When is a story actually *done* or at a point you can say, *I failed*?

Personally, I think a story fails the moment you give up on it.

The first draft isn't the end. Your first round of revisions isn't the end. Querying and nabbing an agent isn't the end. Acquiring a publisher isn't the end. That final stage of copyediting before it goes to press... is that really the end?

As soon as it's in printed form, can it truly be judged as *fail* or *pass*?

When you think of how many writers and artists were considered untalented hacks during their lives and are revered as masters twenty, fifty, a hundred years later... where is the end? Is there one?

You can't please everyone, and if you try to, you'll never please yourself, so I agree when she said to have fun.

When you start thinking negatively, all you're going to do is get disheartened and want to give up. I think it's healthier to say, 'This isn't quite where I want it yet...' and view it as an evolutionary process rather than thinking about a virtual pass/fail chopping block.

The article is good, but I think it's more of a jumping off point.

What do you guys thing? Do you get hung up on the idea of *failing*? Think about anything in your life... anything you're learned how to do... can you really *fail* at any of them? Do you tell your 5 year old kid, you *failed* at learning to tie your shoes, I guess you'll be in velcro forever? How about your teenager struggling with Calculus? What about a marriage, is there a point where you say, *I failed*? How about your job, raising kids, being a friend?

There's a big difference between making a mistake, not being correct, and failing.

Thursday, November 10, 2011

The *implication* of a background

Okay, I thought, instead of writing an entire post's worth of clarification on this post from yesterday, I'd just write a separate post.

So, what do I mean about enough details to imply a character background without stating any hard-core facts/etc?

Throughout the story, there are lines sprinkled around like these:

I was thirteen and ran with a crowd whose idea of a good time was lifting stuff from the local Walmart, jacking cds and stereo parts from parked cars and selling it all for cash.

It’s not like I’ve ever eaten somewhere fancier than a fast-food joint.

Sure, my fingers still itch sometimes, especially when I’m hungry and I know there’s a buffet-worth of food small enough to stuff up my sleeves at the local 7-11.

You can starve to death on principle. To steal successfully is to understand that morality is like a jacket you can put on and take off.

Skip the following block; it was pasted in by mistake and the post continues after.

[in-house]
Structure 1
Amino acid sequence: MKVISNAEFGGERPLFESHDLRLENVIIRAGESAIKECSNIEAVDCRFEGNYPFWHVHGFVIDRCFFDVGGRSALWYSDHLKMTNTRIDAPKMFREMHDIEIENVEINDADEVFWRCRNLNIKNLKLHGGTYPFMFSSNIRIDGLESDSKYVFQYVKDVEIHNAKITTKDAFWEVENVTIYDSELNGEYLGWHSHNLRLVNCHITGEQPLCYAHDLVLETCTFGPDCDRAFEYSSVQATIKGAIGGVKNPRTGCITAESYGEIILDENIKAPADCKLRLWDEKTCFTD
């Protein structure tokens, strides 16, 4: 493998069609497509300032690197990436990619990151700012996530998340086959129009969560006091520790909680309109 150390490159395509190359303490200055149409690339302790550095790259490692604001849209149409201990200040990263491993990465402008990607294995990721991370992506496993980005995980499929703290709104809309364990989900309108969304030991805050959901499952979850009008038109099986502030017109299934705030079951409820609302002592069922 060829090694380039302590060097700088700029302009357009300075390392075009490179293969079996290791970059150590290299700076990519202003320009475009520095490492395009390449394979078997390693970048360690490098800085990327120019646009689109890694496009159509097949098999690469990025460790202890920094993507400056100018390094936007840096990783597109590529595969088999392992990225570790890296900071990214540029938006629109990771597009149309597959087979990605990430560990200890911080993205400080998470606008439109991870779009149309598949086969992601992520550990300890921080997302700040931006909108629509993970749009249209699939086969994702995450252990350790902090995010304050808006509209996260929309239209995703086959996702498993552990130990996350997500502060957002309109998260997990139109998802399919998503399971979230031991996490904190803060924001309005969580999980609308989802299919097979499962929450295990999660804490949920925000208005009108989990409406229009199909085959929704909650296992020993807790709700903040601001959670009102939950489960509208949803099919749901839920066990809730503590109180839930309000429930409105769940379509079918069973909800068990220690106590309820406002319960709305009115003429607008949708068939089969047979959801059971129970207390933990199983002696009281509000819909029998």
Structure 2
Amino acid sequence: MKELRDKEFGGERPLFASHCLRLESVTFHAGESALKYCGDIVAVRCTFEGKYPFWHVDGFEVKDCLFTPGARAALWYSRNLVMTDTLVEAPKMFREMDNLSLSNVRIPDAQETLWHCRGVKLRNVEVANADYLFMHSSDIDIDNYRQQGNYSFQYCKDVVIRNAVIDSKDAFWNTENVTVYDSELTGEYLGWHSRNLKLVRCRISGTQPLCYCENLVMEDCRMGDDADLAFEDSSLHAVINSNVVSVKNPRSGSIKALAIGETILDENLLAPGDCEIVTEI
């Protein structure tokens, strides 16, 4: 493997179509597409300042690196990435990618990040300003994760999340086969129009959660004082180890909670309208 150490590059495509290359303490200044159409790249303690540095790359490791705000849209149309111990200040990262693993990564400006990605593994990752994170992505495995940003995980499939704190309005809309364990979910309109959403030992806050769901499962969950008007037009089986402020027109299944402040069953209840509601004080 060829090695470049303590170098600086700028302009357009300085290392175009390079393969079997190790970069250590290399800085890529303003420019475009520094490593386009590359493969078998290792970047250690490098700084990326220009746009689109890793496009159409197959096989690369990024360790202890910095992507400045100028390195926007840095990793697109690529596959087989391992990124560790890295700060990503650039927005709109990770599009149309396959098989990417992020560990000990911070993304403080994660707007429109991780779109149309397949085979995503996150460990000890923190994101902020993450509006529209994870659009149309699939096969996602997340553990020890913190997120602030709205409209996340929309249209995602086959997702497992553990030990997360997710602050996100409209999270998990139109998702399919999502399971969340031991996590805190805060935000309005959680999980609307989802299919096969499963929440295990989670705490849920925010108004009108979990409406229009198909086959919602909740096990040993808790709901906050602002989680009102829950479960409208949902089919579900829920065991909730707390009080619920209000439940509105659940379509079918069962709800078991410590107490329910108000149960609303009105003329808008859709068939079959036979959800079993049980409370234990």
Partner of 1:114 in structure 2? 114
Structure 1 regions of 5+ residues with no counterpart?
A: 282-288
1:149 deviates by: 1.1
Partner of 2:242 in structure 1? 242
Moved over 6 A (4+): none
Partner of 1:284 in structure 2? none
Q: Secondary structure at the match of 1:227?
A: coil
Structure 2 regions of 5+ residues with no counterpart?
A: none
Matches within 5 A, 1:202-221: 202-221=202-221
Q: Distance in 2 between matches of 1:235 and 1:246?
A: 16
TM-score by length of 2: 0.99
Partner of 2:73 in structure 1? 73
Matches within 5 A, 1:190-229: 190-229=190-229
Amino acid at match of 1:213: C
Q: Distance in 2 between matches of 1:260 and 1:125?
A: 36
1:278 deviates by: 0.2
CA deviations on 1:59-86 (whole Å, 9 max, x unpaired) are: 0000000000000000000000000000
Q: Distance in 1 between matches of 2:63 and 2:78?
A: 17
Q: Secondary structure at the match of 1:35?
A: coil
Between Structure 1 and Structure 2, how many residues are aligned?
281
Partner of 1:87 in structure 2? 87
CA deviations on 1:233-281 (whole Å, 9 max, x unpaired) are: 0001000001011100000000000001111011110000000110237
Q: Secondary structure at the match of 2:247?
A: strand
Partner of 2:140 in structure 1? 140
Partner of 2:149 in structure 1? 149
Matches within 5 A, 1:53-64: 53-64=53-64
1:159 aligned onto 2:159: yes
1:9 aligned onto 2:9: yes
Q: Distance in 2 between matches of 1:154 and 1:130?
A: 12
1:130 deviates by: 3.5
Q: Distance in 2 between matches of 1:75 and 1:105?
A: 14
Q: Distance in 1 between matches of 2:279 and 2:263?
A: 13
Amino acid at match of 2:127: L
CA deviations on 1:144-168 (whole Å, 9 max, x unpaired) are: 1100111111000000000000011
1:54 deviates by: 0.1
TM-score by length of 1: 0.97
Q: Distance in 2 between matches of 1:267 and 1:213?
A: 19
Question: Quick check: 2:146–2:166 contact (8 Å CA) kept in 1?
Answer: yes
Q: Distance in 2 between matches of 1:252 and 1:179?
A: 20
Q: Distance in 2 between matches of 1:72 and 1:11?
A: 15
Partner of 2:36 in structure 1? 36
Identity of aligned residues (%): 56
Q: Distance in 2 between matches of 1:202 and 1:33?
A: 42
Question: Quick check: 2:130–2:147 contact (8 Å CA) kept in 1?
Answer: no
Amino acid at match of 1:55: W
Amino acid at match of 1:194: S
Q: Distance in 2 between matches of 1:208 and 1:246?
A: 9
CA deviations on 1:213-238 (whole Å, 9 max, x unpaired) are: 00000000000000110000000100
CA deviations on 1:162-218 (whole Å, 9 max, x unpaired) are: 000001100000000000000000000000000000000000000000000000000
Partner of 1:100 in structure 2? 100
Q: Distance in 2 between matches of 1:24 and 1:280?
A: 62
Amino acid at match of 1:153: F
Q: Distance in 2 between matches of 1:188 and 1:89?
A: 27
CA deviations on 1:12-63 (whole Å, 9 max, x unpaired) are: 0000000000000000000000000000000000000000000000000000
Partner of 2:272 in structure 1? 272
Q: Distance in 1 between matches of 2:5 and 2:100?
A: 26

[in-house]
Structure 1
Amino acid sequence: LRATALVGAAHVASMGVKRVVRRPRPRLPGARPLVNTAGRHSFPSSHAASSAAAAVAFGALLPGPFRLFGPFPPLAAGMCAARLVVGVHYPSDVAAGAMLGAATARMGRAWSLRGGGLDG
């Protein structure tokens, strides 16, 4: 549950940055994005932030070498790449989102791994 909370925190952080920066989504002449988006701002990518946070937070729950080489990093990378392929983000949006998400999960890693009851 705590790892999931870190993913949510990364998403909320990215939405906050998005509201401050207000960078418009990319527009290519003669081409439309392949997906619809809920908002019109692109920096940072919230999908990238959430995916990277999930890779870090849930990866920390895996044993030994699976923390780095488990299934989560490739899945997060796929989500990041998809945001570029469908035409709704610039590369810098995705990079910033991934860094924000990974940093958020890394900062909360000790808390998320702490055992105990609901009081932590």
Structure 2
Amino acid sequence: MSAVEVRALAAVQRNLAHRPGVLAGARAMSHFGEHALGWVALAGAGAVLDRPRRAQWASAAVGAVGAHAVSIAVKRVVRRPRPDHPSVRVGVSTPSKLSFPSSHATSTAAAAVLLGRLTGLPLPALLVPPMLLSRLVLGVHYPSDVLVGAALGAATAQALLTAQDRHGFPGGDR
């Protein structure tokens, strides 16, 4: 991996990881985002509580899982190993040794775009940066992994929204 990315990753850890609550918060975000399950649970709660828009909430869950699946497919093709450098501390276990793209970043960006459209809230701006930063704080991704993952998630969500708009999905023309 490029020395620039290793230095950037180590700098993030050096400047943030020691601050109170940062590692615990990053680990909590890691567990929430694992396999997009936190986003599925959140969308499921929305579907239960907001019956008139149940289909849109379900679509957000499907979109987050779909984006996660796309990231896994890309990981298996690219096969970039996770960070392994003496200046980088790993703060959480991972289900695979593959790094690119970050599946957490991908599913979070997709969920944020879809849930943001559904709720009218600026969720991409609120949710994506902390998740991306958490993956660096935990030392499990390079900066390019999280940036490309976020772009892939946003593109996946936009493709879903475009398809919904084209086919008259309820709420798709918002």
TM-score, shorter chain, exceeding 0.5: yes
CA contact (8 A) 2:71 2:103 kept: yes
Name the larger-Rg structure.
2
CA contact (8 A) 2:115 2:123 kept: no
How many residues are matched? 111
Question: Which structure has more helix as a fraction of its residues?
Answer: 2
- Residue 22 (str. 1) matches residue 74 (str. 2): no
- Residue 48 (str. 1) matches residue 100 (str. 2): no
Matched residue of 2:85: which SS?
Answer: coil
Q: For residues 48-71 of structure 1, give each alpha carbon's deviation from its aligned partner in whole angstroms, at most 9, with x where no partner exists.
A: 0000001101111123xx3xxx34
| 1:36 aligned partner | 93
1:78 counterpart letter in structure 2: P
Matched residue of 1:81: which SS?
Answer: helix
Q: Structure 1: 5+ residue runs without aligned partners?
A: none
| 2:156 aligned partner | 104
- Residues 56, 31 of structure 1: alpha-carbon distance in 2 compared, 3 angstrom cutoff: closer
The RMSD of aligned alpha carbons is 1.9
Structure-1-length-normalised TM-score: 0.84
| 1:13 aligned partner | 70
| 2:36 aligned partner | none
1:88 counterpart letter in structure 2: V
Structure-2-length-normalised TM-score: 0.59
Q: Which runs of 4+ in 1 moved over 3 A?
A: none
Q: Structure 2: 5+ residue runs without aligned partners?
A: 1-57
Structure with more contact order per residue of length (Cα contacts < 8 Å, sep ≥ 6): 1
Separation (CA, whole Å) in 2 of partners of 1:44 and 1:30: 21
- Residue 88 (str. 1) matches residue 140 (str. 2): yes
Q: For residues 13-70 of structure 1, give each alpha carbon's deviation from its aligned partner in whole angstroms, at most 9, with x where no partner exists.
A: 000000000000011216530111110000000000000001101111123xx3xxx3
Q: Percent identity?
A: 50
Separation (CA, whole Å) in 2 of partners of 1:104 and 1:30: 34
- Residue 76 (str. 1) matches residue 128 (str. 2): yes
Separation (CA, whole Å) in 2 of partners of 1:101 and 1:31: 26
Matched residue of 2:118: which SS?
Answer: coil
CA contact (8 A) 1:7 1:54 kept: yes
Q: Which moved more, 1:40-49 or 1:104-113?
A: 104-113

You want to be loose with resolve and desire. Tension means your brain is getting in the way of your gut and thinking only slows you down.

To survive, you have to be cold.

Hell, if I had to live in that house with Triss’s mom, I’d go back to sleeping in garbage bins behind the mall.

I know she wouldn’t knife me in my sleep or anything, but it’s still hard to relax, to turn your instincts off when you’re wired up a certain way.

Even if the goosebumps are so bad that they prickle and ache when I run a hand over my skin and the muscles in my neck have locked into knots, I can usually push it all away and forget.

“They need to be properly cleaned. Soaping them up in the bathroom sink after school isn’t enough.” I hear a rustle and a muffled laugh. “Ugh, I can’t even tell what color your t-shirt used to be.”

“The kid talks. I thought you were a mute.” He looked me up and down, at my faded, too-small t-shirt and the cheap jeans worn so thin they were more white than blue. “So I guess you’re just a charity case then?”

You never know, in hostels or wherever, who’s prepared to roll you for the clothes on your back and whatever valuables you might have taped to your skin. Or sometimes the threat is much, much worse.

I haven’t had such bad coffee since I lived at home, and those aren’t memories I want to dredge up while in the middle of a journey to dump a dead body somewhere deep and dark where it won’t ever be found.

And then Triss stepped forward and briefly wrapped her arms around me, tighter and harder than she ever normally would, but just long enough to whisper in my ear, “I’m so sorry. I know you don’t like to be touched.”

Now, very few hard details, right? No explanation of why or how or when. There's no sense of blame, like if it was due to the MC, the MC's parents/family/friends or some external force like social services/etc.

But I'm betting every person who reads these lines will spin a slightly different background for the MC.

And y' know, I'm perfectly happy with that. I'm confident my MC is consistent, and that's all that matters to me.

I firmly believe in the right of the reader to make a story their own. I don't particularly enjoy books that wrap up too neatly, that explain every detail and, oh my goodness, let's not even broach the subject of epilogues...

I wonder about my own story while I'm writing it.

And I like to wonder when I'm reading other people's stories.

If there's too much *explaining*, then I get bored, 'cause all the work (and wondering) has already been done for me. I feel like I might as well be reading 200 pages worth of bullet points or a scientific journal outlining, in minute detail, the hows and whys and whens of a particular experiment.